SC flooded with petitions against Cybercrime Law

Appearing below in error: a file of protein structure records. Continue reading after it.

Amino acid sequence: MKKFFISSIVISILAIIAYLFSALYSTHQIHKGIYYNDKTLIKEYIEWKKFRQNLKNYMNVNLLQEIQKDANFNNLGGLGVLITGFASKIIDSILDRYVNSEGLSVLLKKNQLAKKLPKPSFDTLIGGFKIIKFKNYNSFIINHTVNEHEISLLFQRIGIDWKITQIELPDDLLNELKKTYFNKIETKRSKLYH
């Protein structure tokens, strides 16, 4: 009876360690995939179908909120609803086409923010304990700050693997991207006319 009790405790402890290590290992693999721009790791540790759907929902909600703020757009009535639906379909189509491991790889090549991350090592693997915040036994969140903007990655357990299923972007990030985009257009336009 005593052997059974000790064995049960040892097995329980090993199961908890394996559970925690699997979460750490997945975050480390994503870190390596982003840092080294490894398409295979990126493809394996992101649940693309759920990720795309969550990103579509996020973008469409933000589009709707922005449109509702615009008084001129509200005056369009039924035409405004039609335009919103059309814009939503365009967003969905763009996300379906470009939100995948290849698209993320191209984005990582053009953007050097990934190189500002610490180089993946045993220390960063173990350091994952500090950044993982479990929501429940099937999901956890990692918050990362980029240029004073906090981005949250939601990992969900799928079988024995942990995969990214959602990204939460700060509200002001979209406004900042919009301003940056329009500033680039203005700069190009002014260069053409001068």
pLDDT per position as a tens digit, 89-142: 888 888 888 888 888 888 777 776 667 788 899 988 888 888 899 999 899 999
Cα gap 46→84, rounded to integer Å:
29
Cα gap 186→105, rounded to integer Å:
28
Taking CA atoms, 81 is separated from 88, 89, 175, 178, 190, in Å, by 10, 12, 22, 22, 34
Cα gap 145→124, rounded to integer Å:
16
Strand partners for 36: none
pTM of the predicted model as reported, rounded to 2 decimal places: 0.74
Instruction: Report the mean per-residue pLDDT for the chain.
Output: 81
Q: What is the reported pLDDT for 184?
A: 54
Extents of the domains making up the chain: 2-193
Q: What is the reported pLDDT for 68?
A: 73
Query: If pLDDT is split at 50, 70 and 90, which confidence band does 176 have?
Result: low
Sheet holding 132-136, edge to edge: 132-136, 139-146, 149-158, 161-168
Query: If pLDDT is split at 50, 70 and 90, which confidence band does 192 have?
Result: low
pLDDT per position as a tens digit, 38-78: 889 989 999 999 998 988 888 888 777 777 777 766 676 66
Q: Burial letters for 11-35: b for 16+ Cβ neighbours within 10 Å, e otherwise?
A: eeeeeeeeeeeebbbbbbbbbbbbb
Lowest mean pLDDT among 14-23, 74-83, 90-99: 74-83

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UPDATE: The number of petitions has increased to four as of Thursday, Sept. 27. The latest petition was filed by Sen. Teofisto ?TG? Guingona III. Last Tuesday, Internet law expert Atty. JJ Disini and e-commerce advocate Janet Toral also file their petition before the SC. CenterLaw, headed by human rights lawyer Harry Roque, said they will also question the Cybercrime Law before the high court on Friday, Sept. 28. In the petitions already filed at the SC, and named the petitioners as businessman Louis “Barok” Biraogo and party-list group Alam. In their 28-page petition for certiorari, prohibition, injunction and preliminary injunction filed on Sept. 24, Biraogo and Alam contend that ?Sec. 4(c) [4], Sec. 12, Sec. 20, and the penal provisions of the law? as unconstitutional. “With the enactment of Republic Act No. 10175, cyber technology, once a boom to petitioner and the general public, is now subjected to subtle but pervasive State monitoring and control,” the petition read, as quoted by Section 4 [c] penalizes libel ?committed through a computer system or any other similar means which may be devised in the future.? Section 12, meanwhile, deems illegal ?to collect or record by technical or electronic means traffic data in real-time associated with specified communications transmitted by means of a computer system.? Section 20 lists the penalties for non-compliance with the law. Biraogo said the passage of the law was ?attended with grave abuse of discretion because its questioned provisions contravene Sections 3 (1) (on inviolability of privacy of communication) and 4 (on freedom of speech, of expression, of the press, and peaceful assembly), Art. III (Bill of Rights) of the 1987 Constitution.” Biraogo is the same businessman who successfully petitioned the SC for the nullification of President Aquino?s creation of the Truth Commission. Online site earlier reported that Palatino is set to challenge the law before the SC. The petition, however, will also question Section 19 of the law. Under that section is a controversial provision that gives the Department of Justice the power to ?restrict or block? a website based on prima facie evidence. ?This effectively gives DOJ total control of the Internet in the Philippines. As only prima facie evidence is needed, the new law has done away with due process. Once the DOJ realizes this new power and uses this provision to take down dissident websites ? that would be the death of Internet freedom as we know it,? Palatino said, as quoted by]]>

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